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The 1031 "Like-Kind" Exchange

The 1031 Exchange provides for a tax-deferred benefit on capital gains, and is not a tax free transaction as is commonly touted by accountants and investors. The tax code states "No gain or loss shall be recognized on the exchange of property held for productive use in trade or business, for investment purposes if such property is exchanged solely for property of like-kind, which is to be held for other productive use in trade or business or for investment purposes" (Section 1031).

Generally, owners of rental and investment properties can defer their capita! gains taxes until they actually sell their property. A like-kind exchange of property for property does not by itself create a taxable event.

There are any rules and limitations on what the IRS defines as "like-kind" and property exchanges can be quite complex. Competent tax and/or financial advisors should be consulted.

BENEFIT TAX LAWS

No Capital Gains Tax

Because of favorable legislation passed in May of 1997, most homeowners can benefit yearly by paying zero in federal capital gains taxes when they sell their home.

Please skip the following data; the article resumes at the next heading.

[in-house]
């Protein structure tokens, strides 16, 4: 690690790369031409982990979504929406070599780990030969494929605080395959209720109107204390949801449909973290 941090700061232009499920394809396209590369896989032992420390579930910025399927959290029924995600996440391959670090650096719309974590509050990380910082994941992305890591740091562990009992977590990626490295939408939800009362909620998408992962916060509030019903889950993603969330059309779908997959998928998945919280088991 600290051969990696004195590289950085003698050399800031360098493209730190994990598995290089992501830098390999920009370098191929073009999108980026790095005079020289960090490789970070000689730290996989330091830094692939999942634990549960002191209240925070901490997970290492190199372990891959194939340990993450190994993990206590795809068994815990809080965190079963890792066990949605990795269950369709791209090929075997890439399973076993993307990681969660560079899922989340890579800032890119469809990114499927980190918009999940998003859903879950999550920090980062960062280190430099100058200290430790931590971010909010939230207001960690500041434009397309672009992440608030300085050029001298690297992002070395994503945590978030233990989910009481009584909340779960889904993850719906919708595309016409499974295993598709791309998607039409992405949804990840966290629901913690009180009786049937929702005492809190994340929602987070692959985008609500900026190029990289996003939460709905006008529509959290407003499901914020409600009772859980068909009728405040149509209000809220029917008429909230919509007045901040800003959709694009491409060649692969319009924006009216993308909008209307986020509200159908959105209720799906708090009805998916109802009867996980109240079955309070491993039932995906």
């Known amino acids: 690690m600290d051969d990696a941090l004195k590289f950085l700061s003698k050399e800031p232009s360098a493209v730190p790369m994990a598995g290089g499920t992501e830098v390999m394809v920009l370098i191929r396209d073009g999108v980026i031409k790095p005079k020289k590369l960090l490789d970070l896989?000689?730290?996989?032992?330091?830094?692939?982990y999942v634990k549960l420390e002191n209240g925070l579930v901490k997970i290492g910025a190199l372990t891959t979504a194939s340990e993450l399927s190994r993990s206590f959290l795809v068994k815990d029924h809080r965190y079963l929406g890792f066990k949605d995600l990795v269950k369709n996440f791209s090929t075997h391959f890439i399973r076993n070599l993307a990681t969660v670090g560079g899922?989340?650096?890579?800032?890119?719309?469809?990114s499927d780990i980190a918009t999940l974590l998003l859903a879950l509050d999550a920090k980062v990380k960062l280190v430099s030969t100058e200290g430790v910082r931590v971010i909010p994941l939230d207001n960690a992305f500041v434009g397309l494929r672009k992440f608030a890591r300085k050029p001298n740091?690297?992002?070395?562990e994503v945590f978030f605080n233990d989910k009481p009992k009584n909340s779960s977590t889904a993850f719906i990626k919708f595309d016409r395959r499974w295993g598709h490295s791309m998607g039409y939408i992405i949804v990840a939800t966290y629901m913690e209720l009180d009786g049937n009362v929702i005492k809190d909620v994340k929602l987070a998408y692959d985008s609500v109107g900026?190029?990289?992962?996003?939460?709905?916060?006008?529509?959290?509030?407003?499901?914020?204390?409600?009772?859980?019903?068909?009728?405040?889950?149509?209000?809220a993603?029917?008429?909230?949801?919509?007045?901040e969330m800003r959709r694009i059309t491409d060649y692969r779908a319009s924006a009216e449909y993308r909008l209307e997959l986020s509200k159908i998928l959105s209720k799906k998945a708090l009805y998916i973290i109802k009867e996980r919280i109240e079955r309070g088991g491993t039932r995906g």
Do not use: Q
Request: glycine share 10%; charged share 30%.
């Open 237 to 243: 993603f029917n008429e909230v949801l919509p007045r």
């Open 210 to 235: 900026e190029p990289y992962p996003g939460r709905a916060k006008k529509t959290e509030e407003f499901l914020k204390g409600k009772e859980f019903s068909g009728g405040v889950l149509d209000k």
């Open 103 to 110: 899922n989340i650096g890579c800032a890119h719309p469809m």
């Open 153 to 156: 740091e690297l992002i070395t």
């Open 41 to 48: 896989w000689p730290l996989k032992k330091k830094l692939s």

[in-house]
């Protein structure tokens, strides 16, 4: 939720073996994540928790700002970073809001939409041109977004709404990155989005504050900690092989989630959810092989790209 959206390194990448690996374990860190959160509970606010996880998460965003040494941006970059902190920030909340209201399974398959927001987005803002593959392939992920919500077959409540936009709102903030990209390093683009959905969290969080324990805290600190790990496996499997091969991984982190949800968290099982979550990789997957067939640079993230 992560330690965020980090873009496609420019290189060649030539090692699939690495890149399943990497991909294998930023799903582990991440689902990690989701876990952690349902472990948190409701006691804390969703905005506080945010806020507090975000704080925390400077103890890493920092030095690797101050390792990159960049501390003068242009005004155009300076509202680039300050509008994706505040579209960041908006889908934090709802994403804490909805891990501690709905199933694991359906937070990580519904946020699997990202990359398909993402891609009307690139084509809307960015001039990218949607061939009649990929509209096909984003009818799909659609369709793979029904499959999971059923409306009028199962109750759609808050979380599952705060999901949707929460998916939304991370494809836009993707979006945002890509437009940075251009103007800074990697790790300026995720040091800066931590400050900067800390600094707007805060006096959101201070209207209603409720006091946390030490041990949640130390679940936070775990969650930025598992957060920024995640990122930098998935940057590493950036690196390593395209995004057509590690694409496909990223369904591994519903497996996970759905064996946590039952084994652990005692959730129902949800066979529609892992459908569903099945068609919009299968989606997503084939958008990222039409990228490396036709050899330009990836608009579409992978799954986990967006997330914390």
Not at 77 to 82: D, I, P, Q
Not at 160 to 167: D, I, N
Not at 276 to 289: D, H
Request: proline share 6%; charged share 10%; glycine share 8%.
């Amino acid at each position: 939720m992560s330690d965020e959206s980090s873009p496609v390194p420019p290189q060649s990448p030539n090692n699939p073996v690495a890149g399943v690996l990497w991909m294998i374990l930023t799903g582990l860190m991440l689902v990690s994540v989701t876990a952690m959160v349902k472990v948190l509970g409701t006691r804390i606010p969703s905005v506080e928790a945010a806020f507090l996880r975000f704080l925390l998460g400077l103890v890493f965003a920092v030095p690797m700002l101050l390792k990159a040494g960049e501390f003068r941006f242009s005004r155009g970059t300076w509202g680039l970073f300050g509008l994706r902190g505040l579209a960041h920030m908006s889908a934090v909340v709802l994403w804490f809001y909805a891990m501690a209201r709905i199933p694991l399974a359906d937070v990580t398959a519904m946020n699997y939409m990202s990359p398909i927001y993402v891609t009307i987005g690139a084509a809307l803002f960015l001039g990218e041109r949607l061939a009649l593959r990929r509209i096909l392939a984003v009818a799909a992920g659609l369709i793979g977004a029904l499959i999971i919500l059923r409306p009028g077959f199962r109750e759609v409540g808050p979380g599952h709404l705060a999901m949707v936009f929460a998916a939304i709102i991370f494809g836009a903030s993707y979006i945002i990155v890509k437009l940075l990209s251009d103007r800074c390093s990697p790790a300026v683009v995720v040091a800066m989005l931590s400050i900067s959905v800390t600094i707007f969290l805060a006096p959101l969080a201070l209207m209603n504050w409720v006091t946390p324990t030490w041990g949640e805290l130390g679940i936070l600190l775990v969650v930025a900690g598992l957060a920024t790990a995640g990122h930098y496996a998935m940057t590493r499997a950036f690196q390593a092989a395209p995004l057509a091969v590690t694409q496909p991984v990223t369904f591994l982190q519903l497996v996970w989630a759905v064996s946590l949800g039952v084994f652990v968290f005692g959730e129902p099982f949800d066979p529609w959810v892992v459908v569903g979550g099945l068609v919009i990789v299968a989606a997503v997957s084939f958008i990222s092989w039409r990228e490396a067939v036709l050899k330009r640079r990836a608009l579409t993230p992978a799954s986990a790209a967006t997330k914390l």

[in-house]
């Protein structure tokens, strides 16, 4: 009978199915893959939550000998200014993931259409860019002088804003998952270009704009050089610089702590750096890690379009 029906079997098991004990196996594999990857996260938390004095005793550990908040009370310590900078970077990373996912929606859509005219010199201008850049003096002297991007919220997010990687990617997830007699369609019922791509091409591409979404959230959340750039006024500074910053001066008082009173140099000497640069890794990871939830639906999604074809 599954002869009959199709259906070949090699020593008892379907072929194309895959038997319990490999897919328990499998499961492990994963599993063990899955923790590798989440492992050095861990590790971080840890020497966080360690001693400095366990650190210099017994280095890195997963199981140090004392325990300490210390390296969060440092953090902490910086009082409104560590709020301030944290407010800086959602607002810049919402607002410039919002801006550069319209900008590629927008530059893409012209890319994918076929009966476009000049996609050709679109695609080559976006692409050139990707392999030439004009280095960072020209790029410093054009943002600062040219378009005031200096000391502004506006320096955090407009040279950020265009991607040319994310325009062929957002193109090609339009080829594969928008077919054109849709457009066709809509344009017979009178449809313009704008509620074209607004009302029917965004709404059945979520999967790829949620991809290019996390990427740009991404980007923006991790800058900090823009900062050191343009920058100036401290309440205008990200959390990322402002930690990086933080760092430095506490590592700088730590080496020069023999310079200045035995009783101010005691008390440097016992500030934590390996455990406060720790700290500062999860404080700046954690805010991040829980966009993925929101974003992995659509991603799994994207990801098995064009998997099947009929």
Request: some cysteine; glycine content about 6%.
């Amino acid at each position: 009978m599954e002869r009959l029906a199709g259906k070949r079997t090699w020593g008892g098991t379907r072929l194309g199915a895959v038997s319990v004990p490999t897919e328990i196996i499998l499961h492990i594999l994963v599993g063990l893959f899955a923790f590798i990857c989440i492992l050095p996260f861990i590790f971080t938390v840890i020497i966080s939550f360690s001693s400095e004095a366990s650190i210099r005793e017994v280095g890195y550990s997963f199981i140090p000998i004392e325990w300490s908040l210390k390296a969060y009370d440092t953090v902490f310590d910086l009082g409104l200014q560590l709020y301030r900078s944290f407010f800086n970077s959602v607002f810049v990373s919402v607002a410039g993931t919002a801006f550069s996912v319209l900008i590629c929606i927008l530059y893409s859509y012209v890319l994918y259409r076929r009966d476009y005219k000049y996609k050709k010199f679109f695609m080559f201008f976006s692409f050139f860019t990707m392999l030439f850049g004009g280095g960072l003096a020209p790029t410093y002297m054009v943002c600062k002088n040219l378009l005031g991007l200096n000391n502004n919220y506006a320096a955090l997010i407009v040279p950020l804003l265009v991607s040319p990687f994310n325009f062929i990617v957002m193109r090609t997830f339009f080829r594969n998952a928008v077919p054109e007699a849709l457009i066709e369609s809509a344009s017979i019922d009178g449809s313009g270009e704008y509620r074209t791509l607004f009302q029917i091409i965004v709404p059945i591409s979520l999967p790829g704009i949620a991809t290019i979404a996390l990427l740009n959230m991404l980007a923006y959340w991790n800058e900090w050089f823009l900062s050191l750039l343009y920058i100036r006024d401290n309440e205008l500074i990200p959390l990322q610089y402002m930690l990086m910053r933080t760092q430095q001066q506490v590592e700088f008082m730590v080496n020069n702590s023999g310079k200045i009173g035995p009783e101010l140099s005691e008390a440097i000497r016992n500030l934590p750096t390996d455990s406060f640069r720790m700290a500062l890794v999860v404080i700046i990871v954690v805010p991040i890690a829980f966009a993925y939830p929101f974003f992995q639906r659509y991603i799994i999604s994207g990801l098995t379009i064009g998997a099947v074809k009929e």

For single filers, up to $250,000 in capital gains can be excluded on their tax returns. For couples filing jointly, up to $500,000 in gains can be excluded.

There are two other basic requirements in order to avoid these taxes. Firstly, the homeowner must have been the owners' primary residence for at least 2 of the past 5 years prior to the sale. Second, owners can not have sold another primary residence in the 2 years prior to the new sale.

There are 3 other minor requirements that most people will not have to worry about. Generally, however, the vast majority of homeowners will pay nothing for capital gains taxes when it comes time to sell their home. A tax advisor or accountant can assist with the necessary fifing requirements.

 
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